Michael Gunter and Deborah Moore were traveling north on Whitesburg Drive in Gunter's automobile at the time of the collision, and both were eyewitnesses to the collision. Gunter testified that just before the collision, appellant passed his automobile at a speed of about eighty miles an hour. When appellant came up behind the Lee station wagon, which Gunter stated was traveling in the outside (right) lane, the car made "a quick right like it was trying to pass" and the rear end of the car hit the curbing of an island in front of the theatre, causing appellant's car to veer back to the left into the side of Lee's station wagon.

Mr. A. O. Pipkin, Jr., a crash reconstruction expert, postulated that appellant's initial contact with the Lee vehicle occurred in the outside northbound lane near the exit driveway of the theatre as indicated by a gouge or rim mark in that area; that both vehicles were traveling "practically straight ahead" in the outside northbound lane at the time of impact; that appellant ran up on the Lee vehicle from behind and hit it in the right rear bumper area; and that the angle of impact between the two vehicles was 180 degrees.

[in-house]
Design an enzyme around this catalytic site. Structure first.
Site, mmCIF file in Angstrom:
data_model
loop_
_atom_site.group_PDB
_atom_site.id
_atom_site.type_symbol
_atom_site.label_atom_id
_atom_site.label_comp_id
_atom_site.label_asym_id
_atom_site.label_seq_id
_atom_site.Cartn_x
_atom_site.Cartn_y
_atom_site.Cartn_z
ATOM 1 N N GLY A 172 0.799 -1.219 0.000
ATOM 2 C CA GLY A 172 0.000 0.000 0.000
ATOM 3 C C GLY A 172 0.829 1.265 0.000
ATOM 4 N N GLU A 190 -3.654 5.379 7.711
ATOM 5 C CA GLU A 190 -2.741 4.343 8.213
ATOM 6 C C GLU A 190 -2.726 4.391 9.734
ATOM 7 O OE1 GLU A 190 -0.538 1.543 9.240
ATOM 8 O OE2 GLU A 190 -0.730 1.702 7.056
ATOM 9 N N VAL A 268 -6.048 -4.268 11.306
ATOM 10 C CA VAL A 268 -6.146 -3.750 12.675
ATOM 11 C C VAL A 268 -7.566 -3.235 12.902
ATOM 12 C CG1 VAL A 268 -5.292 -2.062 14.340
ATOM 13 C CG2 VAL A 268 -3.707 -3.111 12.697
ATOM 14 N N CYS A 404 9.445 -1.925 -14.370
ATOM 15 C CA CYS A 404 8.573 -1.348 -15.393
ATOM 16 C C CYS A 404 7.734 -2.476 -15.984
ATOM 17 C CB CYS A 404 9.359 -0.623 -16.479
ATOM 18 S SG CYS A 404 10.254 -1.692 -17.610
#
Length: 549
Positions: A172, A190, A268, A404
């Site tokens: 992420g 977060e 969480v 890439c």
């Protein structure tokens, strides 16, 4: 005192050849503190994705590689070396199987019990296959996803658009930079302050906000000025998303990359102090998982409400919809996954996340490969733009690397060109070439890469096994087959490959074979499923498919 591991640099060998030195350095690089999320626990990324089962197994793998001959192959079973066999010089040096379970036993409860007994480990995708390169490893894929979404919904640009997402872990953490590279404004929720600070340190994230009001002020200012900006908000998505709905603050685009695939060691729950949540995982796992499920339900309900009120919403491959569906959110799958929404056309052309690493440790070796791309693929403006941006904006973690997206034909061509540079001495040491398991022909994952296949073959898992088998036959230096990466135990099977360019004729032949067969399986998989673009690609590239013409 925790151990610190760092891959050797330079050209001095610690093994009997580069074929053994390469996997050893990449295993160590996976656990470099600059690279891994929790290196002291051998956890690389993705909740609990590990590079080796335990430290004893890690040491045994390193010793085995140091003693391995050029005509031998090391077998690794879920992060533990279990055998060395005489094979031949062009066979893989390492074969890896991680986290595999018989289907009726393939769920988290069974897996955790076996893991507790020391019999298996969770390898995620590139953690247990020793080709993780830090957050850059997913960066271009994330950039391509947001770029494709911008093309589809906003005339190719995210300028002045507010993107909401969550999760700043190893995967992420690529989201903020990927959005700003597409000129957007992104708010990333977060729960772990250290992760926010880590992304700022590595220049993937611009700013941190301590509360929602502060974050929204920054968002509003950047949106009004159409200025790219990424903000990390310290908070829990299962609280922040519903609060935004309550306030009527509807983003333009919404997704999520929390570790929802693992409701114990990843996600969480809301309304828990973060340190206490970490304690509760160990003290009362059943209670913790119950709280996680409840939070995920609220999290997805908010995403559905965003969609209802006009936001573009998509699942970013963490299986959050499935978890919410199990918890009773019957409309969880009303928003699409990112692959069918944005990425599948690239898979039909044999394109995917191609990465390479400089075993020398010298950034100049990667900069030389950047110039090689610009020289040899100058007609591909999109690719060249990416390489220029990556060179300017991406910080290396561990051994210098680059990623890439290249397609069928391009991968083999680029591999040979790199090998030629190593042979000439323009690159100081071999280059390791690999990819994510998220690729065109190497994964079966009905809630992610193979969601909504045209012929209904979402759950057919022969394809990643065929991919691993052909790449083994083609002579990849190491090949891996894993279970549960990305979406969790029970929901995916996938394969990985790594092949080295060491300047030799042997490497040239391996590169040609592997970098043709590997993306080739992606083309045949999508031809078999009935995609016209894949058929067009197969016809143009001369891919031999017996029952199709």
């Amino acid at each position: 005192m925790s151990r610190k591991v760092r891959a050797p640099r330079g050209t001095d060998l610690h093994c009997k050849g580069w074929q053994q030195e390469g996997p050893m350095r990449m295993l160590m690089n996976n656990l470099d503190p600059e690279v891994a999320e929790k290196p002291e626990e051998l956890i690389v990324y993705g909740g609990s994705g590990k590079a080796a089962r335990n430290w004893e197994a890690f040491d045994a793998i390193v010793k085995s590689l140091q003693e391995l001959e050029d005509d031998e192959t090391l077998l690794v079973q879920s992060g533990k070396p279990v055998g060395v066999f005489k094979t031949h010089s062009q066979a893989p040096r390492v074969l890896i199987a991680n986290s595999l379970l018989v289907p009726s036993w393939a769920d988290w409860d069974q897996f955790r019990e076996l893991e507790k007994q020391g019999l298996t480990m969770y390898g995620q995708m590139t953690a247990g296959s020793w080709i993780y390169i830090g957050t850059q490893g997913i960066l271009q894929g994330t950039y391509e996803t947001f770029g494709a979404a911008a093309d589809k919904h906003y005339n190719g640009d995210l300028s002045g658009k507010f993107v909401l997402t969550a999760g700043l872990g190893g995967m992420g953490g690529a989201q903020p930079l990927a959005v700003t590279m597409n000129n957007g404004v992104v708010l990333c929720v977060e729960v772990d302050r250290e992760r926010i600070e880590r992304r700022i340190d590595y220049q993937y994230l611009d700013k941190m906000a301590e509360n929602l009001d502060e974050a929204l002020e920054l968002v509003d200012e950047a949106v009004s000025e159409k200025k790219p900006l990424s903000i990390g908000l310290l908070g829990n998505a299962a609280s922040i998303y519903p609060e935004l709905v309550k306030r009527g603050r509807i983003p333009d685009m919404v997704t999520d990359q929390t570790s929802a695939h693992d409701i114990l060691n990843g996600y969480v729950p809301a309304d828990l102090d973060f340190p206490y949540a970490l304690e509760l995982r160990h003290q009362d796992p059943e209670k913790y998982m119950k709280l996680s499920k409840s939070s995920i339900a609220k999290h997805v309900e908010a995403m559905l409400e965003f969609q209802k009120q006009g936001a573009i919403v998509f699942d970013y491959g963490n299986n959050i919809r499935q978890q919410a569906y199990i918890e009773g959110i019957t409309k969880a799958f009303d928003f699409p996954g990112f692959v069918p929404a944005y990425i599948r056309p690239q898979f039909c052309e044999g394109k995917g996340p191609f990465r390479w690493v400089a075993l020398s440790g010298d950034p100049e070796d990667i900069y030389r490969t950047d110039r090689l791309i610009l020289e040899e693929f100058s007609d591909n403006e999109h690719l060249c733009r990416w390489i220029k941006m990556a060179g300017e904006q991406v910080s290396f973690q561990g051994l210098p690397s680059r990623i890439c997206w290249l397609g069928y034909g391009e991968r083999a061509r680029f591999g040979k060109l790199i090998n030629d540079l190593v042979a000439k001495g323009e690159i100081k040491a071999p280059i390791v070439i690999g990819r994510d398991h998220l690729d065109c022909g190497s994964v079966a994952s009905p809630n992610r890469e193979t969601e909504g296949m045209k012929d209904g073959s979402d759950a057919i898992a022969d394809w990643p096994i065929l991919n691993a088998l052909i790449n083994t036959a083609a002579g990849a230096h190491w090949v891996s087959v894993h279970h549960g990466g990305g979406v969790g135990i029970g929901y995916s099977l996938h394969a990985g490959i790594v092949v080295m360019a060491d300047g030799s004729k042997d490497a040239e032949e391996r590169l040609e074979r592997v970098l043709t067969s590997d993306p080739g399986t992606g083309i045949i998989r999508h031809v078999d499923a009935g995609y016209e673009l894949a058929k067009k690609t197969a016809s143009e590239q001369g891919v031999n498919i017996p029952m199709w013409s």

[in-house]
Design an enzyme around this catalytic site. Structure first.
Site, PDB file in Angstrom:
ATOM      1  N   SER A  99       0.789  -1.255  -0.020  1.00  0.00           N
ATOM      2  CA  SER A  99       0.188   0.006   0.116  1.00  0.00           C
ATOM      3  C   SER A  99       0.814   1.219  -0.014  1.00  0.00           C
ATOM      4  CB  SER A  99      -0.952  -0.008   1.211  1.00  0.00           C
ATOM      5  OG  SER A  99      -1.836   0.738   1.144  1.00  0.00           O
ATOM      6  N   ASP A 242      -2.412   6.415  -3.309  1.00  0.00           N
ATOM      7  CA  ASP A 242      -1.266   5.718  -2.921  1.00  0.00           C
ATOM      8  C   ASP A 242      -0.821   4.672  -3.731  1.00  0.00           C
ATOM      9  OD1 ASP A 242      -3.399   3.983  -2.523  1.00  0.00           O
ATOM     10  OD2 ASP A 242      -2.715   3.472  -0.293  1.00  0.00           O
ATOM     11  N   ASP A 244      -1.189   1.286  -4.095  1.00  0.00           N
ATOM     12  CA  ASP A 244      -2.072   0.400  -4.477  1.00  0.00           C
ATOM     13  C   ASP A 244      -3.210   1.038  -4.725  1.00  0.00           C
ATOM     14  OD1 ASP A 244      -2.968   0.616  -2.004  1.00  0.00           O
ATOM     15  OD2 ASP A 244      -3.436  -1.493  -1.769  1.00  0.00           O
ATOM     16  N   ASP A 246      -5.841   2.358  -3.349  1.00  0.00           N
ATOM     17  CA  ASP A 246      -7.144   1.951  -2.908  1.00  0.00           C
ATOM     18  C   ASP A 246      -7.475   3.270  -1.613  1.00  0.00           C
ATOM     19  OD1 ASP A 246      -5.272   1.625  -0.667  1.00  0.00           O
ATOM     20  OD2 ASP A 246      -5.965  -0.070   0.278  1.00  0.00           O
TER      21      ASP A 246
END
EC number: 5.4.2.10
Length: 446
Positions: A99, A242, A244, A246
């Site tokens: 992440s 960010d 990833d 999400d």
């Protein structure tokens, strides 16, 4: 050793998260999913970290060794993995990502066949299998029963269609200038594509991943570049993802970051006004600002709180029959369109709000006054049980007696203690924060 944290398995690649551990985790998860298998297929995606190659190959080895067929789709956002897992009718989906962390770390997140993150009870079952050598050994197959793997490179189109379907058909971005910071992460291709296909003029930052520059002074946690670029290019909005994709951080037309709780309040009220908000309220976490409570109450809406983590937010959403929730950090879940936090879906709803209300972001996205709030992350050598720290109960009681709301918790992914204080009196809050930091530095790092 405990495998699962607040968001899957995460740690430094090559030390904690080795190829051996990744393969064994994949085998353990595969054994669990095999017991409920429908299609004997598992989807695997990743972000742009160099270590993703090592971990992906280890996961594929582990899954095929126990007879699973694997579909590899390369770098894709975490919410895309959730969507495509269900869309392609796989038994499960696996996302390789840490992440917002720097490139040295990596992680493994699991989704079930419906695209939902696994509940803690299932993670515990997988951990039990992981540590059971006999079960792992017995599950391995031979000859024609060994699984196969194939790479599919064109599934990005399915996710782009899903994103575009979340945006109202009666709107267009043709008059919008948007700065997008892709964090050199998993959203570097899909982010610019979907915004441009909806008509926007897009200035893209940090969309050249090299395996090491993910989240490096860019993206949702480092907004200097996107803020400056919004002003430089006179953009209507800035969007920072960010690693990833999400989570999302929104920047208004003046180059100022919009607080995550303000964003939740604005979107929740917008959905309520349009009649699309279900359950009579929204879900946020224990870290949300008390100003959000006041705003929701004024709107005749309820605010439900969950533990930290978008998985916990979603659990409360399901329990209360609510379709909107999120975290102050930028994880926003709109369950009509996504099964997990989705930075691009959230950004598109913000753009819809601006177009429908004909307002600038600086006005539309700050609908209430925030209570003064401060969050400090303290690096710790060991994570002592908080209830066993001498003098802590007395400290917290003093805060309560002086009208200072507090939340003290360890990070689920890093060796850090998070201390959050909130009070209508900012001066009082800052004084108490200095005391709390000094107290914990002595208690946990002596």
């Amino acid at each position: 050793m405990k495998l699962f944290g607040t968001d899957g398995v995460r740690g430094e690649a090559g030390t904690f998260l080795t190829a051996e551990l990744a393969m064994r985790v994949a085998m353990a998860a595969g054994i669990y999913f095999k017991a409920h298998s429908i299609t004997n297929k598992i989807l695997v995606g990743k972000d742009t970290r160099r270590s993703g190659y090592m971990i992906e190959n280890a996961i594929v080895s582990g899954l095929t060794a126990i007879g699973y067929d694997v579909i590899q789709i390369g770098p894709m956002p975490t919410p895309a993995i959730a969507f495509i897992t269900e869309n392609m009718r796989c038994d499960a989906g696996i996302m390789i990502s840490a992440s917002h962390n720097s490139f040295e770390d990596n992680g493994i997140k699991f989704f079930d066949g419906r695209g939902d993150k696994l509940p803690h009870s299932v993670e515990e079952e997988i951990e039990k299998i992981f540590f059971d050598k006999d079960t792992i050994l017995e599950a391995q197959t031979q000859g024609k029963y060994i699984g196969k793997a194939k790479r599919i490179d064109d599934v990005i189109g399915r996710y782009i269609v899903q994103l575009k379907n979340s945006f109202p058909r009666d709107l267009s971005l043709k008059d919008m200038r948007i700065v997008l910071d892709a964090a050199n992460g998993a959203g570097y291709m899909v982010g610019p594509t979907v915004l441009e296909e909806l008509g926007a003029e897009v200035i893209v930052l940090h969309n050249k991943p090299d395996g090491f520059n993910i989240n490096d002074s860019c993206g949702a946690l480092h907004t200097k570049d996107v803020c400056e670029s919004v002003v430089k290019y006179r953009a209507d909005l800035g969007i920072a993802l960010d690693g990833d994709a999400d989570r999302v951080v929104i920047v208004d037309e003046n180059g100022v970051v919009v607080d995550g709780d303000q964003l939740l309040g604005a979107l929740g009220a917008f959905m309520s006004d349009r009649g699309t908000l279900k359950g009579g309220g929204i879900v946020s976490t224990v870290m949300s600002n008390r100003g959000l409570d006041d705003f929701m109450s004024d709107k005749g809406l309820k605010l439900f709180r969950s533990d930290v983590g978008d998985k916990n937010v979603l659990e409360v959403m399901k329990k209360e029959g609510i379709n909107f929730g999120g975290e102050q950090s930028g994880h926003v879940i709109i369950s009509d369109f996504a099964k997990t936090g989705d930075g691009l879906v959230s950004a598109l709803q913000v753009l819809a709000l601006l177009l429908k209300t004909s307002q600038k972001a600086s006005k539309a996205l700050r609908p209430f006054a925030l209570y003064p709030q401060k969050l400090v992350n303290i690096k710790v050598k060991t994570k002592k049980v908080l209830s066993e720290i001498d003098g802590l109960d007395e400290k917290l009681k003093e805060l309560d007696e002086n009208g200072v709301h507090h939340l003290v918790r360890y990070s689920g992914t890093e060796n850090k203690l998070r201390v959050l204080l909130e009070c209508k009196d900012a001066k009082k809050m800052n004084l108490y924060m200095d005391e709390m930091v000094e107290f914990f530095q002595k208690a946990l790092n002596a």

The force of appellant's car and the spinning action of Lee's station wagon after impact caused the entire right side (from the rear right wheel forward) of Lee's station wagon to be ripped away from its frame. The evidence further showed that while the Lee vehicle was in a counter clockwise spin, Pizitz was thrown from the automobile onto the highway. The Lee vehicle came to rest in the center turn lane facing south. Upon separation of the two cars after impact, appellant's car went over the curbing immediately north of the exit of the drive-in, traveled about 60 feet on the grassy area along the highway, touched back down on the highway, and stopped in the northbound lane approximately 188 feet from the point of impact. Lee was not injured in the collision. Appellant sustained a cut on the forehead; appellant's wife, who was riding with him at the time of the collision, received minor facial lacerations.

Lee admitted that both he and Pizitz had consumed alcoholic beverages a short time before the accident. He drank two beers at a Huntsville nightclub around 10:00 P.M. and later, around 11:00 P.M., consumed a lime daquiri at the home of a friend. An alcohol blood analysis test conducted a short time after the accident revealed the level of alcohol in Lee's blood to be .09 percent.